Want a guided tour through the presentation patterns in StoryTeller?

I’m jammed up with an awful case of writer’s block, but Björn Rochel has written a series of blog posts on elements of the StoryTeller code base related to the screen activation lifecycle and presentation patterns:


StoryTeller is unashamedly my experimentation bench and some of the stuff is far out, but hey, it works.  There’s also some examples of newer StructureMap features that’ll get officially released very soon.

And yes, the f@#$ing “RenameTabHandler” is a total hack that I’ll get rid of at some point.

About Jeremy Miller

Jeremy is the Chief Software Architect at Dovetail Software, the coolest ISV in Austin. Jeremy began his IT career writing "Shadow IT" applications to automate his engineering documentation, then wandered into software development because it looked like more fun. Jeremy is the author of the open source StructureMap tool for Dependency Injection with .Net, StoryTeller for supercharged acceptance testing in .Net, and one of the principal developers behind FubuMVC. Jeremy's thoughts on all things software can be found at The Shade Tree Developer at http://codebetter.com/jeremymiller.
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  • http://www.finalfootwear.com Nike

    Your blogs seem to be getting more interesting lately especially the short clips: “A picture;s worth a thousand words”, very enjoyable.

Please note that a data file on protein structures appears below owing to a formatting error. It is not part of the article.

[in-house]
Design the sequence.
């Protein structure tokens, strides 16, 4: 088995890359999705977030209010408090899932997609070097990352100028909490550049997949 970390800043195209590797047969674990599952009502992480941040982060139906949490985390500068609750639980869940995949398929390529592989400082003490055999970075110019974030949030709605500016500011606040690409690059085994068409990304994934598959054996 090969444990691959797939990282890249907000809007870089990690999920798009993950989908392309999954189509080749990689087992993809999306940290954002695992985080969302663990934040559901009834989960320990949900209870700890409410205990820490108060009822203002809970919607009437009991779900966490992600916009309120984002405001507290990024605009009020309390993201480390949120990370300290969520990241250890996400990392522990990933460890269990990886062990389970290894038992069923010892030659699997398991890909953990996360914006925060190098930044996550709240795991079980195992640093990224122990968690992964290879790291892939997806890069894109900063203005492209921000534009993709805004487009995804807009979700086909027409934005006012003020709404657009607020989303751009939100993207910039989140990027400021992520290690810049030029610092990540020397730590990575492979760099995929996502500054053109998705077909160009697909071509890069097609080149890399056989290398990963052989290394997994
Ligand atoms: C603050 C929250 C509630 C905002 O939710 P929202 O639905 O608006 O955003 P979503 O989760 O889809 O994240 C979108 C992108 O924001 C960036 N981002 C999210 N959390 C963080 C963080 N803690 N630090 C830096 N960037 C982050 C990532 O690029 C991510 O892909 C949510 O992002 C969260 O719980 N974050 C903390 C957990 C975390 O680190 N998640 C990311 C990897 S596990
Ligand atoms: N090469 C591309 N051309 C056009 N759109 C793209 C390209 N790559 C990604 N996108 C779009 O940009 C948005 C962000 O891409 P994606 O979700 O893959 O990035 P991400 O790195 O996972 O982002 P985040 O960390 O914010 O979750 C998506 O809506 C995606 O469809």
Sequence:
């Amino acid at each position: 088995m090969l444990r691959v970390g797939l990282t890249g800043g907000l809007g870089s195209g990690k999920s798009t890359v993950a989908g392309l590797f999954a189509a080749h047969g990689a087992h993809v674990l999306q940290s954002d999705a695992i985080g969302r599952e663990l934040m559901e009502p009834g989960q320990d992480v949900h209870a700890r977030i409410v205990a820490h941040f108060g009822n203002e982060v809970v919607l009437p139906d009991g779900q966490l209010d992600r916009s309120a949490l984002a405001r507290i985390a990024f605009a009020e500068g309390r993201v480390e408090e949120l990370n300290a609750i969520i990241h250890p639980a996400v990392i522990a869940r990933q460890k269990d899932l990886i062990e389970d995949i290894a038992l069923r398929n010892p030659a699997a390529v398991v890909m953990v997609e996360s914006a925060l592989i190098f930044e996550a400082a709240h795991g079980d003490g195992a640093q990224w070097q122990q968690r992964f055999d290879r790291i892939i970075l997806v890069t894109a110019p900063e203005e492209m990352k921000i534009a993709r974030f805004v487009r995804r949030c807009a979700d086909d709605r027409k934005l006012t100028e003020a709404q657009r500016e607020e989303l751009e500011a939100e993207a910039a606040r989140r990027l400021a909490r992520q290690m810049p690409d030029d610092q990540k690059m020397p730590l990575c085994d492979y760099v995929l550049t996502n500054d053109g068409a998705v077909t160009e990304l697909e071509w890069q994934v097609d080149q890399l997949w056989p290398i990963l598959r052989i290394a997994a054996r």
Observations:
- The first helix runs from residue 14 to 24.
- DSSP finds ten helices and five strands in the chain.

• Andrew

    You guys really need to do something about that StoryTeller home page (http://storyteller.tigris.org/).

    Forget terms like “External DSL” and comparing it to another product (which people are then forced to go google on their own), just put the mission statement in plain english with preferably an example or two (that doesn’t require the user to go to another website like they do now) that shows what it’s actually meant to do.

    You might have a fantastic product here, but you sure make it difficult for a user to find that out.

  • http://www.bjro.de Bjoern Rochel

    Oh wow, thank you for mentioning this. Hope the resources are somehow helpful.

    I’ve learned so much, just by going through the code and seeing how all the parts fit together. Really inspirational stuff.

    Looking forward to read your book . . .